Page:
[Owasp-cert] Good bye.

Kamal Wickramanayake kwickramanayake at gmail.com
Tue Aug 12 00:55:52 EDT 2008


Food for thought here. I am collecting some resources that I found
useful:

1) Agile Manifesto
Sets the orientation for all the agile processes
http://agilemanifesto.org

2) Agile Principles
Describes the foundation stones of agile processes
http://agilemanifesto.org/principles.html

3) Declaration of Interdependence for Modern Management
Provides a management side perspective
http://alistair.cockburn.us/index.php/The_declaration_of_interdependence_for_modern_management

Once the above are read, you understand that it's impossible to write
something and call it "THE Agile Book". Hence, you acknowledge the value
of a multitude of processes that have sprung. Within the perimeters of
the above, you can choose to follow one specific agile process or use a
mixture of techniques coming from a number of known agile processes. You
select based on the value the specific process/technique brings to your
project according to the context. Your process is adaptive, but
principle driven.

Some notable processes (not all!):

1. Scrum
The life cycle described in Scrum is fixed and explains a valuable
working model. I don't mind about the certification.
http://www.scrumalliance.org/pages/what_is_scrum

2. OpenUP
In case you like to read in detail, this is the one. Download the OpenUP
published web site and unzip.
http://www.eclipse.org/epf/

3. Extreme Programming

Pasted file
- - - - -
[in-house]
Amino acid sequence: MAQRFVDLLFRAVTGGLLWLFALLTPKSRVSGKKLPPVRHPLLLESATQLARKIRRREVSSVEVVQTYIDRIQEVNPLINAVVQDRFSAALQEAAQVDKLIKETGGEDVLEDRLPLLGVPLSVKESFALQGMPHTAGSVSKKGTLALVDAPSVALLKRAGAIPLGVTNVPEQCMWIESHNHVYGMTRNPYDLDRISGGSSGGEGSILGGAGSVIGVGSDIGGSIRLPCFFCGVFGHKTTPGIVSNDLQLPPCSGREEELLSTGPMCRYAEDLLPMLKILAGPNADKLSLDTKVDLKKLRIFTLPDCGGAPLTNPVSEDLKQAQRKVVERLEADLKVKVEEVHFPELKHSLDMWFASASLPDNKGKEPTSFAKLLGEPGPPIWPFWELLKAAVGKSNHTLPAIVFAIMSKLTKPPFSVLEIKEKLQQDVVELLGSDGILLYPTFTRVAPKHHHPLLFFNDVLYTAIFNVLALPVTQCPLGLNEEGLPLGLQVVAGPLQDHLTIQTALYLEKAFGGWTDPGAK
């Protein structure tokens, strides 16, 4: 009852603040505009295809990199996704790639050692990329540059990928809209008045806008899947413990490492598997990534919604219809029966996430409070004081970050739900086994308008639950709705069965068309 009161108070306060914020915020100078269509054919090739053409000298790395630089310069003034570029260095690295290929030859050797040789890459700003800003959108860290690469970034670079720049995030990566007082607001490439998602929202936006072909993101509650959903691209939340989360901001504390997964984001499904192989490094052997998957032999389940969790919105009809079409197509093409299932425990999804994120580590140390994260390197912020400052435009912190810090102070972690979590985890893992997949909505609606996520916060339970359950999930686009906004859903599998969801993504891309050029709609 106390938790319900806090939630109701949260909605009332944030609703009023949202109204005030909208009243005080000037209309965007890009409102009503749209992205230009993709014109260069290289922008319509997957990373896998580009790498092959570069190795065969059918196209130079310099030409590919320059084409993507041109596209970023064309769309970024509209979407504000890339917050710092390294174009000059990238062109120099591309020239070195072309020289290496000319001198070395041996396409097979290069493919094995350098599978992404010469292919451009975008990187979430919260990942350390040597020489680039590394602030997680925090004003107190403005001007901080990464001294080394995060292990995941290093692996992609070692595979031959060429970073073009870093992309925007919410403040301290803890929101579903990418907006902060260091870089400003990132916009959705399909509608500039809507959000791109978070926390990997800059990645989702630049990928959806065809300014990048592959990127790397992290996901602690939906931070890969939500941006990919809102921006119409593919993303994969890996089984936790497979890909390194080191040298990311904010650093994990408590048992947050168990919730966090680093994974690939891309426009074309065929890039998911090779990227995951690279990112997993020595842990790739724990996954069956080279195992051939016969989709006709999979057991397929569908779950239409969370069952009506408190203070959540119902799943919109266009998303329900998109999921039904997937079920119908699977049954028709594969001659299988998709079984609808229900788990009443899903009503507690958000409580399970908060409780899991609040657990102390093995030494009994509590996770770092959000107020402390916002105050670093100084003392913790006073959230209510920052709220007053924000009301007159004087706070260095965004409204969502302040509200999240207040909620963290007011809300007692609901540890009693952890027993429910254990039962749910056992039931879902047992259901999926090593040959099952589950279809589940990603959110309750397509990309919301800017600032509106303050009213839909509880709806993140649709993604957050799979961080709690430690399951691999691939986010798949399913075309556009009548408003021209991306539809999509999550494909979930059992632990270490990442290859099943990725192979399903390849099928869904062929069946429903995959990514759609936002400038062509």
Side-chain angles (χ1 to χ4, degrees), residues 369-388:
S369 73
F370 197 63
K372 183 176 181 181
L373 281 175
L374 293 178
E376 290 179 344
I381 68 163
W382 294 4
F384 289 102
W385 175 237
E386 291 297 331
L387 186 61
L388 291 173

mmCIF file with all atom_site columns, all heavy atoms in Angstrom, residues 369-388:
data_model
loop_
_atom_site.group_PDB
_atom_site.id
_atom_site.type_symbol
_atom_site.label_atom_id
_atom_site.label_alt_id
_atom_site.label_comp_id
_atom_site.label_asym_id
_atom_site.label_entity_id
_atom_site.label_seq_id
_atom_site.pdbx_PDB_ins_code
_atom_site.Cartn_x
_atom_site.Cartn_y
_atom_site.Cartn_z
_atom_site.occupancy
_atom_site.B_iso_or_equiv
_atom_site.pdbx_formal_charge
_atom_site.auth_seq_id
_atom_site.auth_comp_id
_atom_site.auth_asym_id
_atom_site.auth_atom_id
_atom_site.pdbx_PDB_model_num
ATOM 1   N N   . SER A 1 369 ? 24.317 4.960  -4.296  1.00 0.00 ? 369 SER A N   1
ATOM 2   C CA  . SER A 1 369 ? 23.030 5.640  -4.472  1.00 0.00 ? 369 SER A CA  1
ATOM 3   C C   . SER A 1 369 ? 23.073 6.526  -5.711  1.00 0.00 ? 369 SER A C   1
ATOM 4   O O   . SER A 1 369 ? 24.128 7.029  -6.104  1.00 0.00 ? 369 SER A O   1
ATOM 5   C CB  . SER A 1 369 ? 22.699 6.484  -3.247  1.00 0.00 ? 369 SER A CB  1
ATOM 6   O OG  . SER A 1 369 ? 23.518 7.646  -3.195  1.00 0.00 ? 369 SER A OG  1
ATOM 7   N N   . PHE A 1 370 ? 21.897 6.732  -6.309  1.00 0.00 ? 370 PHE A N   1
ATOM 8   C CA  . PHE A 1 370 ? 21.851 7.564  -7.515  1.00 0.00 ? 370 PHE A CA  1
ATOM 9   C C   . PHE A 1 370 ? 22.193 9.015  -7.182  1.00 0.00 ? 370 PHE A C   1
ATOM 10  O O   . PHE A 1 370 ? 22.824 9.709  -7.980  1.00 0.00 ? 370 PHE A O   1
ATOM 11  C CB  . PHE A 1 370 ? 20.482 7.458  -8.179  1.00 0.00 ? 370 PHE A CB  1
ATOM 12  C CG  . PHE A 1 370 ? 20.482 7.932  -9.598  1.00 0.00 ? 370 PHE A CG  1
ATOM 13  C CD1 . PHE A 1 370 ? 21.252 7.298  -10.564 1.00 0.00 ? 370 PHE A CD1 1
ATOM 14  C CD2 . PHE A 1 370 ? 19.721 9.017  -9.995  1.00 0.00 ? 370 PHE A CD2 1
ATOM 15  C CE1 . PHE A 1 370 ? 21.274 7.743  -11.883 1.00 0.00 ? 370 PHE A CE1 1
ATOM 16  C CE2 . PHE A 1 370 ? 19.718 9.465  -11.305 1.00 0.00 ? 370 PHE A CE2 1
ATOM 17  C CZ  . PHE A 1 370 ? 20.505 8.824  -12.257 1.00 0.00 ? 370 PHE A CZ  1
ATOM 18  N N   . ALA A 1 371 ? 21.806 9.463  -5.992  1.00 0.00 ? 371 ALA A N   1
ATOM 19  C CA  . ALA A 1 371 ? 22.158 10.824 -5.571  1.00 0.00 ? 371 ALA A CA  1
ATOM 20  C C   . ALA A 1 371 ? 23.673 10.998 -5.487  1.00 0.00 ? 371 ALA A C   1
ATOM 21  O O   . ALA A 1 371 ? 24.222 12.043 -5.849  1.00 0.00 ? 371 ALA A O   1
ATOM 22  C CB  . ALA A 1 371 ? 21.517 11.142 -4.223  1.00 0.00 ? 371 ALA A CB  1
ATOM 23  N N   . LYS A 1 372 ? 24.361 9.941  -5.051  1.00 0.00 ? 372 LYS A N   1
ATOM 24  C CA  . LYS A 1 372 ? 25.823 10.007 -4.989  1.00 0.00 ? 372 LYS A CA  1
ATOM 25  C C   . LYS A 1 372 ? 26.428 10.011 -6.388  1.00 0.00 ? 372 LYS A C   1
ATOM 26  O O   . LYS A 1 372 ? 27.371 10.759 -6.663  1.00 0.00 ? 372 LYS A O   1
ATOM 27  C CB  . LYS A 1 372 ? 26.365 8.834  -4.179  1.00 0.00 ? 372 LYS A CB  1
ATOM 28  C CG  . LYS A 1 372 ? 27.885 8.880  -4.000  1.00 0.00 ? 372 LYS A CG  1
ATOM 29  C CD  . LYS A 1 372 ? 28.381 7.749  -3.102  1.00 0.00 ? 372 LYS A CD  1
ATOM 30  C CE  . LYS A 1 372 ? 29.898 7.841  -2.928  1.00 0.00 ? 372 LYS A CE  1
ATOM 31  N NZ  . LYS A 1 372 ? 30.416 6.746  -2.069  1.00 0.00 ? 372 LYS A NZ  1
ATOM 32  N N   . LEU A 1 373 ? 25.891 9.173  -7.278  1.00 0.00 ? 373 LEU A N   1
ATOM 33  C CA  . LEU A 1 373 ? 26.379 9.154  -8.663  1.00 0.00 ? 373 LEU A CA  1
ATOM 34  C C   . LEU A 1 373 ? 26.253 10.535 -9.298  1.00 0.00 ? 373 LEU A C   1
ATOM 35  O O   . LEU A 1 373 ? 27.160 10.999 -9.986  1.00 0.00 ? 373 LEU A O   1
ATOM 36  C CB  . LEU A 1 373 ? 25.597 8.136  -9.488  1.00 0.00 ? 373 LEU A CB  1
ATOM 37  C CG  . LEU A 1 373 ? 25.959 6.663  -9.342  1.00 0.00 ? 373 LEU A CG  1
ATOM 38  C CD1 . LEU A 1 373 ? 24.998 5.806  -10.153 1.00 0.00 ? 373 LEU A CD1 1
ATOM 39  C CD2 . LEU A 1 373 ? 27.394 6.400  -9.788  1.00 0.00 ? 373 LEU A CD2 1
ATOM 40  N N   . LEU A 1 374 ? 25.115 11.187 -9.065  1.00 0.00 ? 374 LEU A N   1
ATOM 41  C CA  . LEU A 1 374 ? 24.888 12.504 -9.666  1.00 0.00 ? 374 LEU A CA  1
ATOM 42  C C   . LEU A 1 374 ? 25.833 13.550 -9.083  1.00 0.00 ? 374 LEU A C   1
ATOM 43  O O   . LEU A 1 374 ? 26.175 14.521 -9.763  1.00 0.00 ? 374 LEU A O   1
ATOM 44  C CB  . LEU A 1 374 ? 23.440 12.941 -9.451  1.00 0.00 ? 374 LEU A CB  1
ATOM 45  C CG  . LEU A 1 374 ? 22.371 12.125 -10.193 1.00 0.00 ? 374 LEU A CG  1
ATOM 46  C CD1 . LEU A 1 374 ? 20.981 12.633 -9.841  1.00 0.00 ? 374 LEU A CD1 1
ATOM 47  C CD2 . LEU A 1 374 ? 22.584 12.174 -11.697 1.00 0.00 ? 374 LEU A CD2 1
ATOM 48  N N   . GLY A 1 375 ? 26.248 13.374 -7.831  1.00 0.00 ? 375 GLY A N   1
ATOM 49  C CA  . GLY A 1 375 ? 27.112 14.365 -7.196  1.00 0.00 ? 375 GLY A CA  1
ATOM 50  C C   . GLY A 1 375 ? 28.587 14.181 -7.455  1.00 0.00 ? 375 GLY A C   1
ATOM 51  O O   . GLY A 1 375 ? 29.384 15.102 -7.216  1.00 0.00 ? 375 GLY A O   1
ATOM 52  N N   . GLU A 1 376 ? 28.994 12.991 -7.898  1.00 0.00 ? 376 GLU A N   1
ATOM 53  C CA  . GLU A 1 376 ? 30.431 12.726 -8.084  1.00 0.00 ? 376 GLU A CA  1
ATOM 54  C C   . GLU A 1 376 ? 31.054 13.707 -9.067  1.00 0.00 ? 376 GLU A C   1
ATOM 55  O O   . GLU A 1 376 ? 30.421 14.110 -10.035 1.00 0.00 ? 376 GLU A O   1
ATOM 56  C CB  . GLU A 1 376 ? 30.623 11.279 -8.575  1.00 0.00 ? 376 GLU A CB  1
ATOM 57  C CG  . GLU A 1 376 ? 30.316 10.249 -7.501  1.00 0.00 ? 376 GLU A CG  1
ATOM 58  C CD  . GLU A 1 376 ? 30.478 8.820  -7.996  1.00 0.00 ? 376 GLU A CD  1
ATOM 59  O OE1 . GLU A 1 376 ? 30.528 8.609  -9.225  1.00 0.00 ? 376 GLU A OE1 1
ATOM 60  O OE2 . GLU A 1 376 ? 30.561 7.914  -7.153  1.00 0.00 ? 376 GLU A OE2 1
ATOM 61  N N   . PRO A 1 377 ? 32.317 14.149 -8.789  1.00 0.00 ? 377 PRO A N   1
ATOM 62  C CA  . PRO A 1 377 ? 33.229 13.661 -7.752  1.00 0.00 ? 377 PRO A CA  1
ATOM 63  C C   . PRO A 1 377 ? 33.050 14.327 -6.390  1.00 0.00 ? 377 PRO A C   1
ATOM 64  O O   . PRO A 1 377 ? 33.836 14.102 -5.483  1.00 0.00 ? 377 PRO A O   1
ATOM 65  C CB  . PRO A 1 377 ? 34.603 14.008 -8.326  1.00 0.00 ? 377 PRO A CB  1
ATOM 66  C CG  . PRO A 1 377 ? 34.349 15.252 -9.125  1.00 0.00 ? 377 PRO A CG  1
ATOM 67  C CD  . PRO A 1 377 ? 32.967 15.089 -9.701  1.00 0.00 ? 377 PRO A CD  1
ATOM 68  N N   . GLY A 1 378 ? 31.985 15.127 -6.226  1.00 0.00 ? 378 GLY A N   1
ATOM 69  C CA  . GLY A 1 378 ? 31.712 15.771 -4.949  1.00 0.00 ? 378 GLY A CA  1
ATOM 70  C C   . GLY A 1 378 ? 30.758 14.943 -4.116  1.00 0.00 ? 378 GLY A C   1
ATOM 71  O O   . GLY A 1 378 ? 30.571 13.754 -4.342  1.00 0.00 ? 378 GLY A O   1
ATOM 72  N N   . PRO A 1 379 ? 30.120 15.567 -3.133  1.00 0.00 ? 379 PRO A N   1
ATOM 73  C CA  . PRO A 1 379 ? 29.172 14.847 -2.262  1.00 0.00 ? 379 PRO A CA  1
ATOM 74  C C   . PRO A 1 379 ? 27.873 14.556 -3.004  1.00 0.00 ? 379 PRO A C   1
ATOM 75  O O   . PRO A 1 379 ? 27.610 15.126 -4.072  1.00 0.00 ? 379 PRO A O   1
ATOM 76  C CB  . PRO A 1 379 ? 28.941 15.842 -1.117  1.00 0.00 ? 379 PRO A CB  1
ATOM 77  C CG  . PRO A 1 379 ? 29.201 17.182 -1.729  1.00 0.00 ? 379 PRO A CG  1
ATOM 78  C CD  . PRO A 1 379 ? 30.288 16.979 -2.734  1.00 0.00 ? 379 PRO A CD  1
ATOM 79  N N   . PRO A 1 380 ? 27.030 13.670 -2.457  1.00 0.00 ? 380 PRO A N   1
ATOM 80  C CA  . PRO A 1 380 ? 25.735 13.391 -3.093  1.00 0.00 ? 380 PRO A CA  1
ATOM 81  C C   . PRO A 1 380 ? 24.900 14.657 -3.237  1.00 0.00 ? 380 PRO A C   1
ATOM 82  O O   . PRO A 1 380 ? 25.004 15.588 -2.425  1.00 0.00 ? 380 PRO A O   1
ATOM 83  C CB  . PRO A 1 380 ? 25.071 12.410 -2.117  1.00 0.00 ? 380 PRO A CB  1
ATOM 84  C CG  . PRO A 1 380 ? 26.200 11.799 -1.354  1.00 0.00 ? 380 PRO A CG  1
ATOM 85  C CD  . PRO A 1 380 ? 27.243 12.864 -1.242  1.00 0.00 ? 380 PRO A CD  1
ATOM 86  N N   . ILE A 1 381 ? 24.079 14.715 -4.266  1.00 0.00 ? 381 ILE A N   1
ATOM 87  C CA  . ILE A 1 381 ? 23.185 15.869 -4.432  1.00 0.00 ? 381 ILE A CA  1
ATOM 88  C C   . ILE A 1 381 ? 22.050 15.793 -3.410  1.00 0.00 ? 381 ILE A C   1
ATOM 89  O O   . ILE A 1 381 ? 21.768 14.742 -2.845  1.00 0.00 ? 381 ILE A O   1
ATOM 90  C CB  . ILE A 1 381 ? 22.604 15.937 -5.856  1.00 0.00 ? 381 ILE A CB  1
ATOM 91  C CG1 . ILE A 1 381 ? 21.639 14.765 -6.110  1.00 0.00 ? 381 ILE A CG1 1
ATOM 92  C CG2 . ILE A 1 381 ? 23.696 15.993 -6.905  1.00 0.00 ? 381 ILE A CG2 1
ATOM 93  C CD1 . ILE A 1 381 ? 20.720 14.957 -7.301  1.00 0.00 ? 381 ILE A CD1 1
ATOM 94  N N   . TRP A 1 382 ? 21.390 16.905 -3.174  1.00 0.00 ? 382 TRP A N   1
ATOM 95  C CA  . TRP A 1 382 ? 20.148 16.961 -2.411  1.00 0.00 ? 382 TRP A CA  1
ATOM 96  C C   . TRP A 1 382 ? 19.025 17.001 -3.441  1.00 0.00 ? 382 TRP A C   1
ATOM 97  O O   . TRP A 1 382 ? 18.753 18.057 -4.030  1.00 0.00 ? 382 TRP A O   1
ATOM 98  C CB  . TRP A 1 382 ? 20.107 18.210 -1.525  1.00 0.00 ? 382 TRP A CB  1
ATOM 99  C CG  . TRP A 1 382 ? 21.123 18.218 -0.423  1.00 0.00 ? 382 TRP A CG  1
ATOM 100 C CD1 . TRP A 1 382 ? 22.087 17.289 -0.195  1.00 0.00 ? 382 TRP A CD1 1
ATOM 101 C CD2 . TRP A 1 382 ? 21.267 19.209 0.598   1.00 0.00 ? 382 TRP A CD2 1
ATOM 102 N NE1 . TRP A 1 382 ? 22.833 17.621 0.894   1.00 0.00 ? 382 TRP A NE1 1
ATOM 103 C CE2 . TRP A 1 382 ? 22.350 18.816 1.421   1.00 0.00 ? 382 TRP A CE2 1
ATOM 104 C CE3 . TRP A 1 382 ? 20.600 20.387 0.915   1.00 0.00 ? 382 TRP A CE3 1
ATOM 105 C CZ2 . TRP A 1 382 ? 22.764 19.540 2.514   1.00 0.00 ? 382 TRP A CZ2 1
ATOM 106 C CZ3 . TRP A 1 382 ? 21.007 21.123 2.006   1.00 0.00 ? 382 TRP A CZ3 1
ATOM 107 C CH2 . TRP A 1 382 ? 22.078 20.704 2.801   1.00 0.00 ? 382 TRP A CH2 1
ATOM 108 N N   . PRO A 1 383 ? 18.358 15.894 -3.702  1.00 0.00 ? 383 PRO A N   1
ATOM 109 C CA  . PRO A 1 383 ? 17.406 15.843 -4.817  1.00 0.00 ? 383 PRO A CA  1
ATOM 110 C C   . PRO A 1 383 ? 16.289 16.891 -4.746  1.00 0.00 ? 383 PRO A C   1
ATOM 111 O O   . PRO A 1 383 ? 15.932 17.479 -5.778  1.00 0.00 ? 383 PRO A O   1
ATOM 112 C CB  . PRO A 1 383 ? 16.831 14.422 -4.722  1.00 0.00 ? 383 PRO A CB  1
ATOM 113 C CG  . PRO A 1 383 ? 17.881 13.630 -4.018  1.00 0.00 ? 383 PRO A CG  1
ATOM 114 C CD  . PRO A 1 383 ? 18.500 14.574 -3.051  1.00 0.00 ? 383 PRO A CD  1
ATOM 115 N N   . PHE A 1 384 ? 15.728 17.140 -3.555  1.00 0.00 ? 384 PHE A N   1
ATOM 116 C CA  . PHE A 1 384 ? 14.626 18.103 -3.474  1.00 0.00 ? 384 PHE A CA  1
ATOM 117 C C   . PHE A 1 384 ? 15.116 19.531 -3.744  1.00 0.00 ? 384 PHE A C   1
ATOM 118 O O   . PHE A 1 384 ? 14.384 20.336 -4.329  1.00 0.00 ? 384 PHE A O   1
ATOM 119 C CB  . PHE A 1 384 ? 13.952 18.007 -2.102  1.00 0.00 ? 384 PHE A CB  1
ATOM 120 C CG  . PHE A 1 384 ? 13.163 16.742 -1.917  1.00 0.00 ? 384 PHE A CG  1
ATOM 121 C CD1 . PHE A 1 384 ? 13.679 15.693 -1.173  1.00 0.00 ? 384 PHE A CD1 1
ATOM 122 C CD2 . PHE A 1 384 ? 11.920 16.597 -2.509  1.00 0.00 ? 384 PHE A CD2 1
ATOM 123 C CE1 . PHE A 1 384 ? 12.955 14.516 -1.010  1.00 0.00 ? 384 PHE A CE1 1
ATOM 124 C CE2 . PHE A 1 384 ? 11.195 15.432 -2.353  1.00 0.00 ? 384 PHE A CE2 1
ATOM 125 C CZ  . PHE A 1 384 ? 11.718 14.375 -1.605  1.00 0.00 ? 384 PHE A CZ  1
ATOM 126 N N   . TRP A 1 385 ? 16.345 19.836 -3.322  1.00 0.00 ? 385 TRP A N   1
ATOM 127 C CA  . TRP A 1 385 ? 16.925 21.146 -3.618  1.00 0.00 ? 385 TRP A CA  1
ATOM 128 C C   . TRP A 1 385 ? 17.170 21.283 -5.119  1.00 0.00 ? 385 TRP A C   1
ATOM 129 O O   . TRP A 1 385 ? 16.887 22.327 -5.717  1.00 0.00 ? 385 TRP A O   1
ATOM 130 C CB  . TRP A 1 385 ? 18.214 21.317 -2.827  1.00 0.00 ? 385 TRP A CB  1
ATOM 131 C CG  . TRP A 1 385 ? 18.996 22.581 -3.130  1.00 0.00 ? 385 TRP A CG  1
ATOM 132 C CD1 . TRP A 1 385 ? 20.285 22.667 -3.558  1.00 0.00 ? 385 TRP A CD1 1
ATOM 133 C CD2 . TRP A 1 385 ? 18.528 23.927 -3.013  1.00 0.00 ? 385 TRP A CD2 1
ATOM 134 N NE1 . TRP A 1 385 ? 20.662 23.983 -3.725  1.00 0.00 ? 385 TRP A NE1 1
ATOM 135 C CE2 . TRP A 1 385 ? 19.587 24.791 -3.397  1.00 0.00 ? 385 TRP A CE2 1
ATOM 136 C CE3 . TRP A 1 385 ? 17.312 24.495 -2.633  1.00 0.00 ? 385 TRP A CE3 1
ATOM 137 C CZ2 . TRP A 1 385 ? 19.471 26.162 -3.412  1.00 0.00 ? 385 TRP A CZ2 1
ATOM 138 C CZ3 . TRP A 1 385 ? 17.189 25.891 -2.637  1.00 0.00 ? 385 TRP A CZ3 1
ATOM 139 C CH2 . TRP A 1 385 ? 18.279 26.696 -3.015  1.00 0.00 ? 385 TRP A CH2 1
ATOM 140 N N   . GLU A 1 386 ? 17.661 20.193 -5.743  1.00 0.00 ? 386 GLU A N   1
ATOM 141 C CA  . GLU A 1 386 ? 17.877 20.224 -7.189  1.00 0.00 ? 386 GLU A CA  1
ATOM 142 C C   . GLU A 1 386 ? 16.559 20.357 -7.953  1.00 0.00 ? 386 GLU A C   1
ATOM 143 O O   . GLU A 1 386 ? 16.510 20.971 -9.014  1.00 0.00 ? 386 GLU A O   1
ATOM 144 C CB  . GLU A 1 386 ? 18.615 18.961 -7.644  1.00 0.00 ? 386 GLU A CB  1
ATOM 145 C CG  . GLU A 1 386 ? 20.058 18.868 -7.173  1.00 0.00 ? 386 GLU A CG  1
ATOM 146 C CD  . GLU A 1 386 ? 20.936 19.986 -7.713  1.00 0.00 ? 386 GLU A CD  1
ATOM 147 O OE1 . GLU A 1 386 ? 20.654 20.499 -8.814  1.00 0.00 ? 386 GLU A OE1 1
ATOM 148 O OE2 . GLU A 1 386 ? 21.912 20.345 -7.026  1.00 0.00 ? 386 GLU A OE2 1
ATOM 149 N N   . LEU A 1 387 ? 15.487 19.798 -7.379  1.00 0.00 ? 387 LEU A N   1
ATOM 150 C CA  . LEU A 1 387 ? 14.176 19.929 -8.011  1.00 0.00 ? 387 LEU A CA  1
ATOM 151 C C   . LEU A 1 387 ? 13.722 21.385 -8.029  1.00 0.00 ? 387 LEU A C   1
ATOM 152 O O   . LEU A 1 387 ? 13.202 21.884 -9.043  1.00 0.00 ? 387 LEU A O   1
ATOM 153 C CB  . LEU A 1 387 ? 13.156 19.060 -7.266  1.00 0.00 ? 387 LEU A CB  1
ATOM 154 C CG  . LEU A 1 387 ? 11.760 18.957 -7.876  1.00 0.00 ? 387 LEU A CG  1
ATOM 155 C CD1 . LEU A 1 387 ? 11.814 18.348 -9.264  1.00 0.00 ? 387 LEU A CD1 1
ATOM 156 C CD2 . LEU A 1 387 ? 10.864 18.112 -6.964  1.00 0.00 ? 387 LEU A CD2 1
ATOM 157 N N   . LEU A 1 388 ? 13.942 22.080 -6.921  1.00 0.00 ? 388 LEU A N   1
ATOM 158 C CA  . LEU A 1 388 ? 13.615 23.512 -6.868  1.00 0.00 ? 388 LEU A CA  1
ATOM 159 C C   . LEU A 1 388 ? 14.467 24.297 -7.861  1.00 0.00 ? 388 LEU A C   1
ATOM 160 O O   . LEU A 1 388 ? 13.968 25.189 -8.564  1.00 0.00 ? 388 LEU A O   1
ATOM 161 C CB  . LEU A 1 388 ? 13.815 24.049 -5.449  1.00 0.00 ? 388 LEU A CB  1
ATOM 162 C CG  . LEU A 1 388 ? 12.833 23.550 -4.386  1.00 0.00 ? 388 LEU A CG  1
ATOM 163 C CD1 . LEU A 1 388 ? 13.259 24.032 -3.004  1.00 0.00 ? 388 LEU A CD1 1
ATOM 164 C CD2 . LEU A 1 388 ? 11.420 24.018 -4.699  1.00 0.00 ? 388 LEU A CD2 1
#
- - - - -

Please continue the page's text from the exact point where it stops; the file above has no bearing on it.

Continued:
Site has full details. A zip download is also available.
http://www.extremeprogramming.org/

5. Agile Model Driven Development
Yum, yum! Full details are available. This page links to other pages
within the site.
http://www.agilemodeling.com/essays/amdd.htm

As said, followers of agile principles don't have to stick with any
specific process above.

But agile processes don't mean loose or undisciplined. Agile processes
demand more discipline than heavy weight alternatives like RUP,...

Agile processes are not documented with bells and whistles. Following
agile principles, they have been documented to the just sufficient
degree. Hence, there's little chance to find a comprehensive rigid body
of knowledge coming from one source - not required, not valued by agile
practitioners. OpenUP has been documented more than other processes
which has derived its flavors from both agile principles and Unified
Process. Furthermore, OpenUP documentation comes with bells and whistles
due to the process editor used (Eclipse Process Composer).

Agile processes are being practiced by small and big companies alike.
For example, IBM is known to have agile projects with team size even
reaching the order of 500-600 people. (Source:
http://www.ddj.com/architect/208700162)

Many folks still do not know about this specific meaning of "Agile".
They think it describes a sloppy process (or no precess at all), can do
whatever they want and call what they have done falls under an agile
process - which is wrong. Such folks should at least visit the first
three URLs provided in this mail and start understanding what this
flavor of "Agile" is (other than the plain dictionary meaning).

Kamal

On Mon, 2008-08-11 at 14:04 -0400, McGovern, James F (HTSC, IT) wrote: 
> My thought says that there are most certainly better ways to develop
> software and that agile approaches need to be encouraged throughout. The
> key challenge for an exam is to make sure that there is a body of
> knowledge that exam takers can read and I don't believe that one exists
> for the subject areas mentioned.
> 
> I could be wrong, but would certainly like to know. We can't really base
> an exam on presentations and tribal knowledge... 

-- 
Kamal Wickramanayake
IT/Software Architect & Trainer
Software View - http://www.swview.org/
World Quality Trainings!



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